#BringBackOurGirls

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Hundreds of girls have been kidnapped in Nigeria because they had the audacity to want to get an education.

Be in prayer for these girls and that they might be brought back to their families safely.  It’s hard to imagine that so many girls could be taken away.  Social media as been buzzing trying to draw attention to this problem.

Sadly this problem is not just located in Africa but every day women, men and children are sold into modern day slavery and sex trafficking.

Despite all of the rhetoric and differences that get thrown around Christian circles there should be a united front from all followers of Christ.  These girls (or any person for that matter) are not property to be bought and sold and exchanged for goods.  If we truly believe in the divine presence of God indwells within all of humanity then we should be outraged at the actions of this terrorist group in Africa. Not just because they are a terrorist group but because they are stealing the innocence of these girls.

Pray for their safety, prayer for their families who struggle to cling to hope and pray that peace will come to earth and this never happens again.

 

Come, Holy Spirit, Come.

In Christ,

 

Rev. Evan

 


Follow the story on Twitter by searching the hastag #bringbackourgirls

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The Next Step: Board Certification

Application for Board Certification

Nine months ago started a new (sorta) ministry path and accepted a position as a chaplain in Southeast Texas. Having completed four units of Clinical Pastoral Education (CPE) I had the training and skills to begin this new journey.  At first it was a bit of a “culture shock” from church based pastoral ministry but I am enjoying it.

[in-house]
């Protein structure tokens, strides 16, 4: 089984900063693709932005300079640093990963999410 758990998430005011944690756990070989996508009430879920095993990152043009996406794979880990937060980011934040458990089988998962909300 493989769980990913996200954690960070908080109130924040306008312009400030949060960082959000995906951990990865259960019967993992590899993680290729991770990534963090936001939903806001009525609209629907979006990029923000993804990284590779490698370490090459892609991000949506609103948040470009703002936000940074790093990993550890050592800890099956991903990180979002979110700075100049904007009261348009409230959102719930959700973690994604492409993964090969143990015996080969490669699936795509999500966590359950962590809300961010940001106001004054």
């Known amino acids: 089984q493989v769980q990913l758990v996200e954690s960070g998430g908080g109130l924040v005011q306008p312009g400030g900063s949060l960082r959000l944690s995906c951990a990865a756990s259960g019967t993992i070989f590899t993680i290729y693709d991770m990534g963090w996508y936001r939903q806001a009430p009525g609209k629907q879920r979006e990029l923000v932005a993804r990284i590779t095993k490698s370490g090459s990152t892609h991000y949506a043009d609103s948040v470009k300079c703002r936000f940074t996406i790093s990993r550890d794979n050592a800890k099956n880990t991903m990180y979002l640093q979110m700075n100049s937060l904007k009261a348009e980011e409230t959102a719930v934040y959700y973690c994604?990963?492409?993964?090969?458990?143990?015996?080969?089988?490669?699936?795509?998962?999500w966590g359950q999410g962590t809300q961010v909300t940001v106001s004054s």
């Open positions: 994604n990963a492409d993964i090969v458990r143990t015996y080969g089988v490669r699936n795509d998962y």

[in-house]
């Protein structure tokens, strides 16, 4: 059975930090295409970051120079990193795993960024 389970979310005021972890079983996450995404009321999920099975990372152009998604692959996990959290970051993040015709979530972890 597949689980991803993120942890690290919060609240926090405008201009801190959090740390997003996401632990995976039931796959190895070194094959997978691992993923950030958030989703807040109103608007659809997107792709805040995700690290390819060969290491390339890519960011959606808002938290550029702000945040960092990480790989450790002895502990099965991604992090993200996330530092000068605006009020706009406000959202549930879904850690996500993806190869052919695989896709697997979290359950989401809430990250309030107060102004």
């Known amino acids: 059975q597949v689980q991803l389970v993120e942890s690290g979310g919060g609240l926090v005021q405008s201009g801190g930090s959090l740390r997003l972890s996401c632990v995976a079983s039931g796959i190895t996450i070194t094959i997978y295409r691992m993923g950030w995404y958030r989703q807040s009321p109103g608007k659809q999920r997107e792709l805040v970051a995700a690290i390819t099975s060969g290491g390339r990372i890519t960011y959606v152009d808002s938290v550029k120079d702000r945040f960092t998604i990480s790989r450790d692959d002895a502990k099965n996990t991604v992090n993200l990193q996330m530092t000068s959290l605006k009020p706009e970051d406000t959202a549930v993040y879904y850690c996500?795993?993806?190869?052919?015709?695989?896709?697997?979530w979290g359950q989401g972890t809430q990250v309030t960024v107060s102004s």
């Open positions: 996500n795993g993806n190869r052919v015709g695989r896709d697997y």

As part of my position at the hospital I have worked for the last few months on completing my application to become a Board Certified Chaplain through the Association of Professional Chaplains.  Last week after a couple months of writing off and on, I submitted a large stack of papers, reflections and critiques as part of my application.

My goal is to sit before my certification board at the national conference in Anaheim, CA this June.

In Christ,

Rev. Evan

The Person Who Was Missing From The Nye/Ham Debate

The internet has been a buzz after the “Creation Debate” between Bill Nye the Science Guy and Ken Ham, the CEO of Answers in Genesis.  The debate focused on the question “is creation a viable model of origins in today’s modern scientific era?”

Ham is the founder of the Creation Museum in Northern Kentucky which postulates the world was created how it is described in the book of Genesis and believes that the world is only 6000 or so years old (this model is known as Young Earth Creationist.)  Nye showed another side stating that science and evolution were the models of creation that should be accepted.

Both people gave their reasoned arguments in a bevy of pictures, graphs and charts.  They had their particular point of view and they were showing the world how they understood the world to work.  Ham is a Christian literalist and Nye is a Scientist.  Both are coming from completely different angles while looking at the same thing.  On one hand you have Ham trying to make the model of Creation found in the Bible fit the world around him and on the other you have Nye who uses the empirical method to be certain about his beliefs.  Both of these men were using their view to be the one that should be seen as true and authoritative.  Here in lies the problem.

Alexander Campbell, one of the founders of the Christian Church (Disciples of Christ) articulated the notion of perception when he wrote: